The truth was, I didn’t want to go camping. I always have a terrible sleep, end up covered in mosquito bites, and feign laughter when everyone has had too much to drink and they think their jokes are super funny. I don’t like camping. It’s not fun for me. 

But this got me thinking… camping isn’t the only thing that many people enjoy, and do purely because it brings them happiness, that I have absolutely no interest in.

I don’t want to go paddleboarding. I don’t drink alcohol, so epic parties and nightclubs are sort of out. I kinda hate board games. The reality was setting in – I don’t like doing the kinds of things that other people find “fun”. 

I must be the least fun person in the world! 

Why don’t I want to be happy? 

What’s wrong with me?

Thank goodness my friend was there to talk some sense into me. He said something to me that changed everything: “Maybe you just have a different definition of fun. What things do you do that make you happy?”

Well! This was super easy to answer! 

I love going to bed early with my current loan from the library. I love knowing that all my receipts are organized and delivered to the Bookkeeper on the first week of each month. Spending an evening at home with my husband, Netflix, and a nutritious meal is perfection. I love going for long walks with a great podcast. Accomplishing a task, be it small or large, is one of my absolute favourite things. I love working on Olympic Weightlifting at my CrossFit box and getting lost in the details of these dynamic movements.

It turns out that I am fun! My life is full of fun and happiness, but I couldn’t see it when I tried to evaluate my happiness based on someone else’s set of criteria. 

Since then, I regularly spend time looking at the areas of my life that aren’t bringing me happiness and consider if I am only doing them because I feel like I “should”. I acknowledge and appreciate the moments, events, and thoughts from each day that brought me happiness through journaling and gratitude. This practice makes it easier to determine what I will do tomorrow and how I want to live my life.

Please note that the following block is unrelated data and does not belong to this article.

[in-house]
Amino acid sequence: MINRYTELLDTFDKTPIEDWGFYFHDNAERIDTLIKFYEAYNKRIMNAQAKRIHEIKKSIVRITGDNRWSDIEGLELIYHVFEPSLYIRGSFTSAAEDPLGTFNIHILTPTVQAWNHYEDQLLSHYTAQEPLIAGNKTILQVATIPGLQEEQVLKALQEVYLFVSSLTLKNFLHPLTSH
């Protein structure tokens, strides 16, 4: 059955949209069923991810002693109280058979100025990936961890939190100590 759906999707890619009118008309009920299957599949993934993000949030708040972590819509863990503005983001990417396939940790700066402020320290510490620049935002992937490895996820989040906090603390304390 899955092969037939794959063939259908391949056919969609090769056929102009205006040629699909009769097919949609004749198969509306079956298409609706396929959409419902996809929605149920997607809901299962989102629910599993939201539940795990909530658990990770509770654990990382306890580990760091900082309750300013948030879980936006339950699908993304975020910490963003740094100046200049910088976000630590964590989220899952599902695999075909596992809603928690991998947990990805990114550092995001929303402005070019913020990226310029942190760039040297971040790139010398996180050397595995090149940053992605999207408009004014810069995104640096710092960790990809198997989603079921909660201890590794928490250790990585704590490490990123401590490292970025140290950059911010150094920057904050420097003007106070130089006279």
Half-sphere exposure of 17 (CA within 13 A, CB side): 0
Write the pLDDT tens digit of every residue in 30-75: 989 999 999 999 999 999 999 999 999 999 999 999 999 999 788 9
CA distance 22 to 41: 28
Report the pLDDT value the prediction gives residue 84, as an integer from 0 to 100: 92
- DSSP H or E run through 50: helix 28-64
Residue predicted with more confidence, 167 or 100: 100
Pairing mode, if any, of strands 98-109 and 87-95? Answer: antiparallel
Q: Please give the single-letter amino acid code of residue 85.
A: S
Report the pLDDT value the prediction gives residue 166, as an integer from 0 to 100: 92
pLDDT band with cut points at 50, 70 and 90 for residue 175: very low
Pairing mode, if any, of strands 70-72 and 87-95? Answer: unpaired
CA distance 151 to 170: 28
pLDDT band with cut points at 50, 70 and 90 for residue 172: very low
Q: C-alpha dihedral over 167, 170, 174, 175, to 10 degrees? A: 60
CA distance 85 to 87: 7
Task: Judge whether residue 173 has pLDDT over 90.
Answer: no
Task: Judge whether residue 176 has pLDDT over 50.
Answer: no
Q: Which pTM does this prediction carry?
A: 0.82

Happiness can still be elusive some days, but knowing what things bring me feelings of pride, excitement and contentment gives me the power to change my state efficiently and effectively. For me, happiness is often only one decision away.

Questions to Ponder:

What feeling words (use the list below) do you associate most strongly with “happiness”?

What activities make you feel these feelings, and thus, make you happy?

Is there anything you do that “should” make you feel happy but doesn’t?

Feelings Associated with Met/Unmet Needs

Next Steps:

Before we jump on our Family Corner call next week, here are a few things we want you to do:

  1. Take 20-30 minutes to complete the free, online Enneagram Test This is a personality test that will shed some light on who you are and what makes you tick. We will be sharing results and insights on the call, so don’t miss your chance to get this done. 
  2. If possible, encourage your spouse to do the test as well! This is a great “date night” activity and will be so enlightening for both of you. The more we understand each other, the easier it will be to connect and support one another. 
  3. Once you and your spouse have both completed the test, check out this page where you can see how your two types combine together in a relationship! Write down any interesting insights you have from this process.